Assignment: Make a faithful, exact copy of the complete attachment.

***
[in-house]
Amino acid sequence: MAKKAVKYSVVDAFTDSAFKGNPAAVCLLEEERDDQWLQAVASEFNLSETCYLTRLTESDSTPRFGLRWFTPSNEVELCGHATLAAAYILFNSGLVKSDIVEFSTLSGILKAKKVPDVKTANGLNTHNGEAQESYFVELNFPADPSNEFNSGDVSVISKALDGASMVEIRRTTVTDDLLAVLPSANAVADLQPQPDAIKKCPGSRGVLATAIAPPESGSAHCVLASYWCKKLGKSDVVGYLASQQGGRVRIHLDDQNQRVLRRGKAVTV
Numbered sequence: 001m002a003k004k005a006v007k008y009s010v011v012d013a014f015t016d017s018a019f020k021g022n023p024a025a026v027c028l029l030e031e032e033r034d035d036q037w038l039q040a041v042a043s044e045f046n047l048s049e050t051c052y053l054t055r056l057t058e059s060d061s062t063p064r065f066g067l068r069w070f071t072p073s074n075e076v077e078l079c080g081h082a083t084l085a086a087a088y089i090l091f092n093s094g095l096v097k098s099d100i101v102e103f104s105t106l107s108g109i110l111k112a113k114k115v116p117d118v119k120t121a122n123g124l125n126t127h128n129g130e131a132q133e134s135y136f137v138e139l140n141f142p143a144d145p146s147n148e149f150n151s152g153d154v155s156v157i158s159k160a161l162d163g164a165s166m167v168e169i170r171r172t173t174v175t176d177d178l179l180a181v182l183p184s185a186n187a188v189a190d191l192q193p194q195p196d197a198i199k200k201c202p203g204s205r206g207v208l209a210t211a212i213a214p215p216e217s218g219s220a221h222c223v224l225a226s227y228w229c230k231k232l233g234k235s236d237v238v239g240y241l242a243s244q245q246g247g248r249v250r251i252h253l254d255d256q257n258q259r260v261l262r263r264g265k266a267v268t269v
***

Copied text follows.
[in-house]
Amino acid sequence: MAKKAVKYSVVDAFTDSAFKGNPAAVCLLEEERDDQWLQAVASEFNLSETCYLTRLTESDSTPRFGLRWFTPSNEVELCGHATLAAAYILFNSGLVKSDIVEFSTLSGILKAKKVPDVKTANGLNTHNGEAQESYFVELNFPADPSNEFNSGDVSVISKALDGASMVEIRRTTVTDDLLAVLPSANAVADLQPQPDAIKKCPGSRGVLATAIAPPESGSAHCVLASYWCKKLGKSDVVGYLASQQGGRVRIHLDDQNQRVLRRGKAVTV
Numbered sequence: 001m002a003k004k005a006v007k008y009s010v011v012d013a014f015t016d017s018a019f020k021g022n023p024a025a026v027c028l029l030e031e032e033r034d035d036q037w038l039q040a041v042a043s044e045f046n047l048s049e050t051c052y053l054t055r056l057t058e059s060d061s062t063p064r065f066g067l068r069w070f071t072p073s074n075e076v077e078l079c080g081h082a083t084l085a086a087a088y089i090l091f092n093s094g095l096v097k098s099d100i101v102e103f104s105t106l107s108g109i110l111k112a113k114k115v116p117d118v119k120t121a122n123g124l125n126t127h128n129g130e131a132q133e134s135y136f137v138e139l140n141f142p143a144d145p146s147n148e149f150n151s152g153d154v155s156v157i158s159k160a161l162d163g164a165s166m167v168e169i170r171r172t173t174v175t176d177d178l179l180a181v182l183p184s185a186n187a188v189a190d191l192q193p194q195p196d197a198i199k200k201c202p203g204s205r206g207v208l209a210t211a212i213a214p215p216e217s218g219s220a221h222c223v224l225a226s227y228w229c230k231k232l233g234k235s236d237v238v239g240y241l242a243s244q245q246g247g248r249v250r251i252h253l254d255d256q257n258q259r260v261l262r263r264g265k266a267v268t269v